Phones away for the day
Phones away for the day
Kia ora whānau, parents and caregivers,
Welcome to 2024, I am looking forward with excitement and hope for a great year ahead with your student. This email contains important information about the implementation of the new government’s ban on cell phone use in schools as published below by the Ministry of Education.
The new regulations require that school must ensure students do not use or access a phone while they are attending school, including lunch time and breaks. This includes students who are on a school course or visit outside the school grounds.
Schools must allow students to use or access a phone when:
- A phone is needed for health reasons (for example, to monitor insulin levels); or
- A phone is needed to help a student with a disability or learning support need (for example, to assist with impaired communication); or
- A teacher requires students to use phones for a specific educational task or purpose (for example, for a class assignment); or
- The Principal decides that they are needed for special circumstances (for example, the student is a teenage parent).
We do not wish our staff to spend their time managing defiance of what is a quite simple requirement that students do not use their cell phones during school hours or during any school related activity.
To avoid this, we will be continuing the process we had in place for phones in the classroom from last year (effective immediately) and have added a very simple process for phones found outside the classroom (from week 3)
Inside the classroom from Monday 29 January
Students need to bring their device to school daily and use it to access all the information that is required for their learning.
If phones are seen in the classroom:
- 1st time: confiscation by teacher for the lesson – on teachers’ desk, can be retrieved at end of lesson.
- 2nd time: confiscation by teacher, phone given to Deans, student can collect at end of day. Home contact. Daily drop-off of phone to Deans for following week.
- 3rd time: confiscation by teacher, phone given to SLT, student can collect at end of day. Daily drop-off to SLT for following week. Student and parent meeting with principal.
Outside the classroom from Monday 12 February
If phones are seen outside of the classroom they will be confiscated and taken to the school office.
- 1st time: Can be retrieved from the office at the end of the day.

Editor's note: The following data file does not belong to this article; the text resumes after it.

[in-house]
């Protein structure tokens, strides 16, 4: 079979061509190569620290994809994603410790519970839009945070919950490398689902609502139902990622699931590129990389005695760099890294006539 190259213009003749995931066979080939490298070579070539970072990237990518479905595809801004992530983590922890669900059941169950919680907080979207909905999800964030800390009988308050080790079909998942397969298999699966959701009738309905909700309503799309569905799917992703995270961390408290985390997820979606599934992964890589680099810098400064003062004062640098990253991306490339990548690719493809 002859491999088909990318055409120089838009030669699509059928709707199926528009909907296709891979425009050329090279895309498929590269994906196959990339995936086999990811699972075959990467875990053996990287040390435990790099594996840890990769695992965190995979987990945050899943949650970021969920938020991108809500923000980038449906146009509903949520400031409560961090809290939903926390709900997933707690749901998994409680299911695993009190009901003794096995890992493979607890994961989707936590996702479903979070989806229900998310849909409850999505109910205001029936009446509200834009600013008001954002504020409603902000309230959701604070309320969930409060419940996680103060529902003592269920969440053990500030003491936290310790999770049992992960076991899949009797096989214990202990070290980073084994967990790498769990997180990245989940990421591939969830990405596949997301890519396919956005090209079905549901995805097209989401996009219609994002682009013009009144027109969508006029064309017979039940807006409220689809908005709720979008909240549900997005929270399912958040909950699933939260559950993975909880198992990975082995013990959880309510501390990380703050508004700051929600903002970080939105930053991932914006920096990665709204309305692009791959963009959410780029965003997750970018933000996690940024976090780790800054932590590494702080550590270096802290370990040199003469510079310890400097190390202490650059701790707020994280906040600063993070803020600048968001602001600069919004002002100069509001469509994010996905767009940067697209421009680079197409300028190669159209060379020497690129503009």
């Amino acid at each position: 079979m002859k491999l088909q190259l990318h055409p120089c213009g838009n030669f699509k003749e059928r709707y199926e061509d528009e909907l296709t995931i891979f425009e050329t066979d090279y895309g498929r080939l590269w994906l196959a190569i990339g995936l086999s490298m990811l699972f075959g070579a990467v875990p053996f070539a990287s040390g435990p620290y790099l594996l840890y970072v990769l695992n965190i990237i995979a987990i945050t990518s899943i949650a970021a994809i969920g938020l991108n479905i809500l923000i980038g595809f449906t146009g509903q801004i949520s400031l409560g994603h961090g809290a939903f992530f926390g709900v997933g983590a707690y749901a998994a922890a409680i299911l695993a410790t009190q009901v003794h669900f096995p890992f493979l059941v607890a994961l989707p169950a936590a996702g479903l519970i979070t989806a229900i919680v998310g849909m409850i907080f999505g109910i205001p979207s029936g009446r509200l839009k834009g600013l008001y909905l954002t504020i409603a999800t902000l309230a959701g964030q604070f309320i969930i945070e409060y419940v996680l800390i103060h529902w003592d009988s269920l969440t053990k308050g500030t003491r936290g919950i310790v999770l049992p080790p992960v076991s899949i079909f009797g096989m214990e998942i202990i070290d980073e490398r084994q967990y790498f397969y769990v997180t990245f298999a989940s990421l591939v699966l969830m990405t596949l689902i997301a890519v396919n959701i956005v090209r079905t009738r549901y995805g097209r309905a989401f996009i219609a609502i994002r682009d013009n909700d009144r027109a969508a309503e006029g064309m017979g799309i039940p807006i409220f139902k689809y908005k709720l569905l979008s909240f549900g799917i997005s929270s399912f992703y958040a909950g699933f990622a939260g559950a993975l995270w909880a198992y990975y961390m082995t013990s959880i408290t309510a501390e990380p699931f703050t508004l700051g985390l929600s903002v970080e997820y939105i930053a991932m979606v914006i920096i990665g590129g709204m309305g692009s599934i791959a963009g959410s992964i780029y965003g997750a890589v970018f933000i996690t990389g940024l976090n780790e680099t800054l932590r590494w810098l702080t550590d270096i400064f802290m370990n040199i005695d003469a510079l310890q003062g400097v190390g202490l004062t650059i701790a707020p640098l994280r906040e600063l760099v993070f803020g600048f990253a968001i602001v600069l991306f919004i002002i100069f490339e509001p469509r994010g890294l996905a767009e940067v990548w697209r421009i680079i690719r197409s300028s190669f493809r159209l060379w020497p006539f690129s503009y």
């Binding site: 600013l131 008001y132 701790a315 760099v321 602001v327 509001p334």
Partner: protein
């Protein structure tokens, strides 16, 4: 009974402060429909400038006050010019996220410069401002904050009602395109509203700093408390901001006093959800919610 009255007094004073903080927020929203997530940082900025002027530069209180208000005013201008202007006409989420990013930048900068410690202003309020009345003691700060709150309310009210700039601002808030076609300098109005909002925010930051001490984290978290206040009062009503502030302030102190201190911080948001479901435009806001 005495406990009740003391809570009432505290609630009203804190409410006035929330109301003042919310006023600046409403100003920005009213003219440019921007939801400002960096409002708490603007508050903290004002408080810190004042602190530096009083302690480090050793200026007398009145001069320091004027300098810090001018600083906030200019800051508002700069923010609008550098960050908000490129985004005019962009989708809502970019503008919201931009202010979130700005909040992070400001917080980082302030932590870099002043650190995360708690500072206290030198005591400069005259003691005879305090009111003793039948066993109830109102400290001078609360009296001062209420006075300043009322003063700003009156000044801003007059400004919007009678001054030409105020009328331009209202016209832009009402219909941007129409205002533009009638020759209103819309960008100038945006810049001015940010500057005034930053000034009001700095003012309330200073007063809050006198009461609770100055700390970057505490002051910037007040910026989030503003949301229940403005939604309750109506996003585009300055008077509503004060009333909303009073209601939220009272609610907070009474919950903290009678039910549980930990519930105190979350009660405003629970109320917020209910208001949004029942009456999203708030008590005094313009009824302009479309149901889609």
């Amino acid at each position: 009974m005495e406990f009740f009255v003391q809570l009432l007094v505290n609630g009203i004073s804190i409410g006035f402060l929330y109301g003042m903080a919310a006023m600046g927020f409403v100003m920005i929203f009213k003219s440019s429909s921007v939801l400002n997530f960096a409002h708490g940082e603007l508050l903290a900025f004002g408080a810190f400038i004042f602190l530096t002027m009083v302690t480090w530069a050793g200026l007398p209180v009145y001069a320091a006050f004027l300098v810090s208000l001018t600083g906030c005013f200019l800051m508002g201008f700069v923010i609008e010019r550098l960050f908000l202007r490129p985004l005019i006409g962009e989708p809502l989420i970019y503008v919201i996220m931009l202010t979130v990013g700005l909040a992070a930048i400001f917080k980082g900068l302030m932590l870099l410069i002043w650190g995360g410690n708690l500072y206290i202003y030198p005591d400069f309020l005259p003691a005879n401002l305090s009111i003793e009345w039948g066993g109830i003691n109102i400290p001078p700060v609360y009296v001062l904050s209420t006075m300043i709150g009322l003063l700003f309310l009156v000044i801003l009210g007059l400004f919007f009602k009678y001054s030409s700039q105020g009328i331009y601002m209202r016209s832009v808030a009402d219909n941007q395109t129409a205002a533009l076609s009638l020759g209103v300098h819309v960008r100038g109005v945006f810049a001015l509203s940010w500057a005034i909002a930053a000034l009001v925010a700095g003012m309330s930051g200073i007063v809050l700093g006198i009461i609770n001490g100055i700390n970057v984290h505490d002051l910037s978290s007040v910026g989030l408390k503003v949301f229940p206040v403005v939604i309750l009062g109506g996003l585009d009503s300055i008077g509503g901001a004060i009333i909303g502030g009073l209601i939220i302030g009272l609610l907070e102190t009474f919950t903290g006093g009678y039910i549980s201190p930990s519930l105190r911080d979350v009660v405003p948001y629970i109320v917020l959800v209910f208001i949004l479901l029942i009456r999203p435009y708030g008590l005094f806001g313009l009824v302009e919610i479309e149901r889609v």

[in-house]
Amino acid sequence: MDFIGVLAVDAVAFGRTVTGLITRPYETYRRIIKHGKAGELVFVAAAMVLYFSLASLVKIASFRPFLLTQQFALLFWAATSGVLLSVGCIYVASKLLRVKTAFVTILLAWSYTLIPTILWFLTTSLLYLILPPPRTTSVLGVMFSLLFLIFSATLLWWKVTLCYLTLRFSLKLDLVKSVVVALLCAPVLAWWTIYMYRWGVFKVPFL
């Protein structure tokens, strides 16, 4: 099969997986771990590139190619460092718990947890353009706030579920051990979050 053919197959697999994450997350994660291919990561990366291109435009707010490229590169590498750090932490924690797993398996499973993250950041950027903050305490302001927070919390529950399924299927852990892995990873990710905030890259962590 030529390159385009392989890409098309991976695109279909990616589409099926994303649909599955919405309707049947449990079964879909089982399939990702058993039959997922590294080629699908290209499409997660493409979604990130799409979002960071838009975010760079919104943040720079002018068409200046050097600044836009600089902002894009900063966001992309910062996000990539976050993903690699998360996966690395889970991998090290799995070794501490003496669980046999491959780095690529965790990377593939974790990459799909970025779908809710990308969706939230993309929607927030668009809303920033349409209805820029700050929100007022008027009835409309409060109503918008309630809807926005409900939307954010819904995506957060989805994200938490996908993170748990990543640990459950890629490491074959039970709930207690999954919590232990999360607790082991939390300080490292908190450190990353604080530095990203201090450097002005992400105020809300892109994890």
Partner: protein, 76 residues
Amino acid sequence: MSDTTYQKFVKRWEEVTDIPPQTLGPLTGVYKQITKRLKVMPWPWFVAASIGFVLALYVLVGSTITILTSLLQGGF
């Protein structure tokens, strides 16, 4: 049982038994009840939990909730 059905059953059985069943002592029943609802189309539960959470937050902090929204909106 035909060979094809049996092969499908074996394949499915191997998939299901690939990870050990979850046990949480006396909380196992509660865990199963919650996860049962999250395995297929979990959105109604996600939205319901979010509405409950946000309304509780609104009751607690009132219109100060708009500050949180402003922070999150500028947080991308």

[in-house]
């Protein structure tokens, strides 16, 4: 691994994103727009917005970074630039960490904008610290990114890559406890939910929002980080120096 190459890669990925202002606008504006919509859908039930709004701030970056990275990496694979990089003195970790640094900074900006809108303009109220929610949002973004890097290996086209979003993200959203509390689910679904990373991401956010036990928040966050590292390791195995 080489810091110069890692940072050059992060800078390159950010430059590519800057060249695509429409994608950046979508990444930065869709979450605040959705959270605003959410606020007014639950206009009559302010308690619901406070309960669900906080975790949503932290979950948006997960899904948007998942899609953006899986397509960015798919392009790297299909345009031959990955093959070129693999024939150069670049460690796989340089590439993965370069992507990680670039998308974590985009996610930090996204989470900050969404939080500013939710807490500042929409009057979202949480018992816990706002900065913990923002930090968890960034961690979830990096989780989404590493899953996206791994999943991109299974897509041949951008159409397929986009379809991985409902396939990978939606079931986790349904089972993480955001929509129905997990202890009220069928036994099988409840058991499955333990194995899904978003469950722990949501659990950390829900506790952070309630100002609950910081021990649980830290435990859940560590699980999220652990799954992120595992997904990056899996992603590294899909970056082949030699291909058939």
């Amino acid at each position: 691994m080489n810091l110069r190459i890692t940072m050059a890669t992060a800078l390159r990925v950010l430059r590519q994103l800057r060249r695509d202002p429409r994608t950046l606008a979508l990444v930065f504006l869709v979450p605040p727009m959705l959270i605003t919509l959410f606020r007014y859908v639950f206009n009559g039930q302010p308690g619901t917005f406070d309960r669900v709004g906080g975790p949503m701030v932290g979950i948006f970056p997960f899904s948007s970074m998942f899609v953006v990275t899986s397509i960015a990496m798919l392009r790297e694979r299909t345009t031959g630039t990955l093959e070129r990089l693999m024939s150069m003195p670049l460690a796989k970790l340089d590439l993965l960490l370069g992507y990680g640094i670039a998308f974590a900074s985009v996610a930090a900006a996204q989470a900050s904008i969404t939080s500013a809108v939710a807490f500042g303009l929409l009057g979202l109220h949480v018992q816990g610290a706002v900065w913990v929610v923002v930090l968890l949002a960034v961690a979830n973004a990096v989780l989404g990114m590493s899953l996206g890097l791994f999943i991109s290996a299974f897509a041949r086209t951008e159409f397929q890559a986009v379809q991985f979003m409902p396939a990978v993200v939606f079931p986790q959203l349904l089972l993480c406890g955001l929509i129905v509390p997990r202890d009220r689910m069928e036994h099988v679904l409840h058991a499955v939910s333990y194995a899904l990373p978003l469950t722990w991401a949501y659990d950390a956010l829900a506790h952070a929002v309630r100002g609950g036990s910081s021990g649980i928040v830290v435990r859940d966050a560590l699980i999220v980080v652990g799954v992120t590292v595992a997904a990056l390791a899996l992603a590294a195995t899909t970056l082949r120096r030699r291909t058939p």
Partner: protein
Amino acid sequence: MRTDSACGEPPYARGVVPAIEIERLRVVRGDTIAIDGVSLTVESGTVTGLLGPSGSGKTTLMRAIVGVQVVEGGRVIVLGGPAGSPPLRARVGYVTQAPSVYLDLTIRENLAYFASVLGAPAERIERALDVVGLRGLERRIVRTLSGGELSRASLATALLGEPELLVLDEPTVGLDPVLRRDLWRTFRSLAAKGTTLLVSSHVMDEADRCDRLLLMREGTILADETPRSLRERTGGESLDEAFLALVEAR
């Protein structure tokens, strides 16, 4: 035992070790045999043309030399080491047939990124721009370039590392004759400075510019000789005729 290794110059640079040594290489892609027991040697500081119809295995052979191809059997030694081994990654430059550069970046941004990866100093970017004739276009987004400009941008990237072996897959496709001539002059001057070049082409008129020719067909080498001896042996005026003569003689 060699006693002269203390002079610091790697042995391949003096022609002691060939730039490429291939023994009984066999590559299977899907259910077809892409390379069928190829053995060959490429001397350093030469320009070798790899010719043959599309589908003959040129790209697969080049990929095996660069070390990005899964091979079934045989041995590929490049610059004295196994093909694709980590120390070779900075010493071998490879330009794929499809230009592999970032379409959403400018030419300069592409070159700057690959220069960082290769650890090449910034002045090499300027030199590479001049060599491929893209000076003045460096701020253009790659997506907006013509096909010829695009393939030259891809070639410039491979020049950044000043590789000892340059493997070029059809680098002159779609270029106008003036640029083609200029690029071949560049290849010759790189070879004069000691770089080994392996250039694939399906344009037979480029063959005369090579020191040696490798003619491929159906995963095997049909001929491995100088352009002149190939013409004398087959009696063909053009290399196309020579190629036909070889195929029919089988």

- 2nd time: Can be retrieved from the office at the end of the day. Home contact. Daily drop-off of phone to Deans for following week.
- 3rd time: Can be retrieved from the office at the end of the day. Daily drop-off of phone to SLT for following week. Student and parent meeting with principal.
Students should not use their cell phones or have them out of their bags or pockets while at school or during school activities during school hours. (We are very used to the “oh I wasn’t using it….it was just in my hand” defence.) They will be reminded of this frequently.
If a student simply refuses to hand their phone to a staff member the issue will be one of defiance and will be treated as such by our senior leadership team.
To allow this message to be conveyed to all students and whānau we will be repeating it at every possible opportunity in week 1 and week 2. Whilst we do not expect to see phones at any time during this “grace period”, implementation of the 3-step process outside of the classroom will start from week 3, Monday 12 February. Phones can not been seen in class from Monday 29 January.
If you need to contact your student urgently during the day, please contact the school office 04-566-1089. There is also a phone available for your student to use at the school office should they need to contact you.
If you feel that your student does require use of their cell phone during the day because of a medical or ‘learning support’ need please communicate that to one of our Deputy Principals.
Yr 13 and 11 Mrs Maria Kerr [email protected]
Yr 12 and 9 Ms Sinapi Taeao [email protected]
Yr 10 Mrs Ngaira Sewell [email protected]
The Ministry of Education advise us that an example of a medical requirement might be if a student is diabetic and uses a phone to track their blood sugars. An example of a 'learning support' need would be a student who does not speak English and uses a translator app on their phone.
Thank you for your support of us as we meet the governments requirements.
He waka eke noa – we are all in this together.
Ngā mihi nui